A study in which genealogical information from BALSAC (a database of Quebec, Canada) and genetic information of more than 960 modern Quebecers has been combined has allowed the identification of thousands of individuals resting in anonymous graves in cemeteries in this Canadian province. The Genomics Core Facility of the Department of Experimental and Health Sciences, Pompeu Fabra University (DCEXS-UPF) has participated in the study by extracting DNA from the remains and analyzing them.
In Quebec, tombstones were not commonly used until the second half of the 19th century. For this reason, today there are many anonymous graves in the historical cemeteries of the province. A recent study has identified these nameless graves.
The BALSAC database contains the genealogical relationships that links five million individuals, the vast majority married in Quebec during the last four centuries. This information, together with that contained in two genetic markers, has been key to accessing the genetic profile of the historical population of the Canadian province. The chosen markers have been the Y chromosome and mitochondrial DNA, since:
- They are transmitted to the offspring by only one parent; the Y chromosome is transmitted by the father and the mitochondrial DNA by the mother.
- These two genetic molecules are inherited with few modifications.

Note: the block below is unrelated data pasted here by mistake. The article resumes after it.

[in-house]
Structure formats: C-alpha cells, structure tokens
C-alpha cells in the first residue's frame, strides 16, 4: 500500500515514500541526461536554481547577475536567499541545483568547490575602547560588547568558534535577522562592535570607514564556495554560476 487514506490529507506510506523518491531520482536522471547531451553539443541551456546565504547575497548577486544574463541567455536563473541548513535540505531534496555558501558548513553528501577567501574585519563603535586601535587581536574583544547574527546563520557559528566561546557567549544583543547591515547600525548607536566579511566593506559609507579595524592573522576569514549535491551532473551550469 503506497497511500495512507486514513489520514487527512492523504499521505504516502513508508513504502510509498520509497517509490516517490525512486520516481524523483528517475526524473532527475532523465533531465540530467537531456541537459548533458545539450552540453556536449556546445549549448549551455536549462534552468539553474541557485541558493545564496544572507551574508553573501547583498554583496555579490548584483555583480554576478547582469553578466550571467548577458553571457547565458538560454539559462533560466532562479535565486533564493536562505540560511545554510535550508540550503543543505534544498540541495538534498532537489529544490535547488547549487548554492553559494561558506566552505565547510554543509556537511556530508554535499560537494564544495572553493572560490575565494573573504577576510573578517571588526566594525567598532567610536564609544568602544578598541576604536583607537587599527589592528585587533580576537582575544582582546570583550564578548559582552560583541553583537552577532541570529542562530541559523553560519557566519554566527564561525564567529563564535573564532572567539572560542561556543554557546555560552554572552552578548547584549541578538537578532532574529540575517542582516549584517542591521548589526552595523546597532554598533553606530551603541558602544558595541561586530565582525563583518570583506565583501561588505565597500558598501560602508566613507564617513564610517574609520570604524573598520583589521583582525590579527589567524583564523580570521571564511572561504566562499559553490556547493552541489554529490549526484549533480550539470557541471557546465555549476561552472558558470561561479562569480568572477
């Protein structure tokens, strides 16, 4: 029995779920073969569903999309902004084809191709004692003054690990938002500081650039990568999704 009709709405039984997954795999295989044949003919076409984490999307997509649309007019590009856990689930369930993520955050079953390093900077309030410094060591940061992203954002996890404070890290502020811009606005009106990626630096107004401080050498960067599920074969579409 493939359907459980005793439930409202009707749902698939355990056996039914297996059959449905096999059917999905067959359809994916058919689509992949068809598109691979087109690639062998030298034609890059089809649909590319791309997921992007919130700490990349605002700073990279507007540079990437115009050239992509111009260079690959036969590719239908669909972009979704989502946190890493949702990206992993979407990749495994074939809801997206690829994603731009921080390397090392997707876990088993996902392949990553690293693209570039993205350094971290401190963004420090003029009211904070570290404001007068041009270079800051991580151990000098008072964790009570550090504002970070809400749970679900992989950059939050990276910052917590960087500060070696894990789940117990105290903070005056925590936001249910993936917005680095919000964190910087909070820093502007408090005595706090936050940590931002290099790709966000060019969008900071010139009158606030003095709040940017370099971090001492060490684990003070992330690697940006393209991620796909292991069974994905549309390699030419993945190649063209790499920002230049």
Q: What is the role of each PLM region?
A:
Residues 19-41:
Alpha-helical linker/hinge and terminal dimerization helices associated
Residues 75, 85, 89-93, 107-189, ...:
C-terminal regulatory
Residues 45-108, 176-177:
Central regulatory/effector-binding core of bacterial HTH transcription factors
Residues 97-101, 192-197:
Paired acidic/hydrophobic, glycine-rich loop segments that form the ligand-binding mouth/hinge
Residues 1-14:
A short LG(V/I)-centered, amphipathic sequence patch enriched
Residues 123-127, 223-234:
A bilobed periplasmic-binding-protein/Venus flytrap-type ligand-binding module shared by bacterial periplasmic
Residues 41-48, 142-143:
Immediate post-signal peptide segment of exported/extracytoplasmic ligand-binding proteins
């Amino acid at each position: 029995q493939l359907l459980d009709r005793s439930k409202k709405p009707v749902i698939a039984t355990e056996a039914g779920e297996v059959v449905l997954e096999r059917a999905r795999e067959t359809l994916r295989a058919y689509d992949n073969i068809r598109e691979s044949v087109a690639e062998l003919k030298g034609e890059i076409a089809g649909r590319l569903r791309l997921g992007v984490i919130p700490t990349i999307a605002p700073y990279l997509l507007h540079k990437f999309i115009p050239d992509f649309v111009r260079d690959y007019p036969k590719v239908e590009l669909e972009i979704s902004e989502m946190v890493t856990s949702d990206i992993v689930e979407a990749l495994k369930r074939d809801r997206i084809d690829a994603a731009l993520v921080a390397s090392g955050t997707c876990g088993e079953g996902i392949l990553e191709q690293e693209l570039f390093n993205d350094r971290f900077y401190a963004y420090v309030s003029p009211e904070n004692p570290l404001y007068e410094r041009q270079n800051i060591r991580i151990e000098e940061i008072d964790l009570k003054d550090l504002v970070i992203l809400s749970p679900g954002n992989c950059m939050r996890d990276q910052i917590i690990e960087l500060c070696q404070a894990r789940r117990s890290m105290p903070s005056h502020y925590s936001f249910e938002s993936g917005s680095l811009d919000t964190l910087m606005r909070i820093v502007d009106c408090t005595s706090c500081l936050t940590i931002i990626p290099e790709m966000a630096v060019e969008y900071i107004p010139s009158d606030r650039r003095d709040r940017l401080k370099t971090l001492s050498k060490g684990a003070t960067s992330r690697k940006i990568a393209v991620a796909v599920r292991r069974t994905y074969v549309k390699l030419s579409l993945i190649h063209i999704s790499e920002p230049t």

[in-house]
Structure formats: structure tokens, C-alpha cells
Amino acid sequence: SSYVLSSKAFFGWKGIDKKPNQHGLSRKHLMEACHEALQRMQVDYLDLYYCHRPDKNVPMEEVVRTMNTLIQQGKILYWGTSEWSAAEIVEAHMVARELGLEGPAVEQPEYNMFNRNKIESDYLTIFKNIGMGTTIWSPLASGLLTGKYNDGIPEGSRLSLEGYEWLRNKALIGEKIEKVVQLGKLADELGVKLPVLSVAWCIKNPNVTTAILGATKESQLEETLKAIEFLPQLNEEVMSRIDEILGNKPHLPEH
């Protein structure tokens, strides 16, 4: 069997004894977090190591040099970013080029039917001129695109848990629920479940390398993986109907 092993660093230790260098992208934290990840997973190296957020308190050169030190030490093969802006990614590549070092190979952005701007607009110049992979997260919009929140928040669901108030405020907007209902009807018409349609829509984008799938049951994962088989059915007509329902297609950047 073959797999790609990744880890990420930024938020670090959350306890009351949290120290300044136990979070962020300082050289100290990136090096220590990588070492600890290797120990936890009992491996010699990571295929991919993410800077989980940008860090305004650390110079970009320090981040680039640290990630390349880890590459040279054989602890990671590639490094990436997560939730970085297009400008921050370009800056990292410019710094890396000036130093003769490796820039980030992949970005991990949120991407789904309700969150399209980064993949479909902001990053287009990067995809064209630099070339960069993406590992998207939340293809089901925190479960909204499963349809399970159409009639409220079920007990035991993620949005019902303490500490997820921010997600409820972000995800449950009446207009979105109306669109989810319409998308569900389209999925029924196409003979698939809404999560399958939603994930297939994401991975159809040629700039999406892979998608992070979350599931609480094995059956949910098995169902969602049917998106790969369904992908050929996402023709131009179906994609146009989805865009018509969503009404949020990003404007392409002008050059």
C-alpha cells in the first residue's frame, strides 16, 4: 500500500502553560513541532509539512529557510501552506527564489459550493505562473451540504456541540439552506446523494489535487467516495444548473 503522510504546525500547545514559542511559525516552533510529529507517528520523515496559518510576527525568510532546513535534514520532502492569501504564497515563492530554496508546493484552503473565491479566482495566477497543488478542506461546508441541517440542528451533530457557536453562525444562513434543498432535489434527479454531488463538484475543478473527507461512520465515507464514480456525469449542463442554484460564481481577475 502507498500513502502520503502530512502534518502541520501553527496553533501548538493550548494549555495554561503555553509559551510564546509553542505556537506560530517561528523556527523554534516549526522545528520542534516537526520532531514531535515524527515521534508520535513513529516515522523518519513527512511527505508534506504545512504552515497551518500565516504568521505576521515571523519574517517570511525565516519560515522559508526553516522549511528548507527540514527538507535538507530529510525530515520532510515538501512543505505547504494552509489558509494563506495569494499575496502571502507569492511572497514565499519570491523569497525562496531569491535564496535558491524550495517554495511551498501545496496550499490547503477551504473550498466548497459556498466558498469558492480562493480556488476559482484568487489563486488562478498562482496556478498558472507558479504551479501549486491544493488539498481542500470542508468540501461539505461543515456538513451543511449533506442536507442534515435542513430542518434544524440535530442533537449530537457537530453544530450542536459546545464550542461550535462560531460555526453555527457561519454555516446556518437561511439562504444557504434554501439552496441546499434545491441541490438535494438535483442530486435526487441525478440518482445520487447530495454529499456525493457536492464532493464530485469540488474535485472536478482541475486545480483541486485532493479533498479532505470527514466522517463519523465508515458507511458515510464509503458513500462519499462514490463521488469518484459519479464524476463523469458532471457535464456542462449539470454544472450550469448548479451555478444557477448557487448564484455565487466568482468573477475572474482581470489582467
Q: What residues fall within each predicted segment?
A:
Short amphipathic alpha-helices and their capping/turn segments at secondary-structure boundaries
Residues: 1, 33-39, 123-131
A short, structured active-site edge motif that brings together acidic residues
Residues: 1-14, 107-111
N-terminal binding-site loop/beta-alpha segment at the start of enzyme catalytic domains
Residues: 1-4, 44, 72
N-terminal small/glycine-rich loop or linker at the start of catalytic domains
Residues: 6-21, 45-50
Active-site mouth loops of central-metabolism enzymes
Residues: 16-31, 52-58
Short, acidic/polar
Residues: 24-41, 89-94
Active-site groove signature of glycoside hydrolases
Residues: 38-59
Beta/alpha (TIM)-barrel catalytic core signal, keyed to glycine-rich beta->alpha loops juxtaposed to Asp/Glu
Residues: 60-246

Researchers compared the genetic markers of unidentified historical remains with the same markers of the more than 960 modern Quebecers who had been genotyped in a previous study. The combination of this genetic information together with the BALSAC data has allowed the researchers to deduce the genetic profiles of approximately 1.7 million individuals from historical Quebec. However, the first author of the study, Tommy Harding, states that if the number of modern genotyped individuals increases, they would be able to identify up to 87% of married men before 1850, and not just 12%.
On the other hand, the study of the genetic background of the population of Quebec would also allow to advance our knowledge on the epidemiology of genetic diseases.
T. Harding, E. Milot, C. Moreau, J.-F. Lefebvre, J.-S. Bournival, H. Vézina, C. Laprise C. Lalueza-Fox, R. Anglada, B. Loewen, F. Casals, I. Ribot, and D. Labuda. Historical human remains identification through maternal and paternal genetic signatures in a founder population with extensive genealogical record. American Journal of Physical Anthropology. 16 February 2020. DOI: 10.1002/ajpa.24024.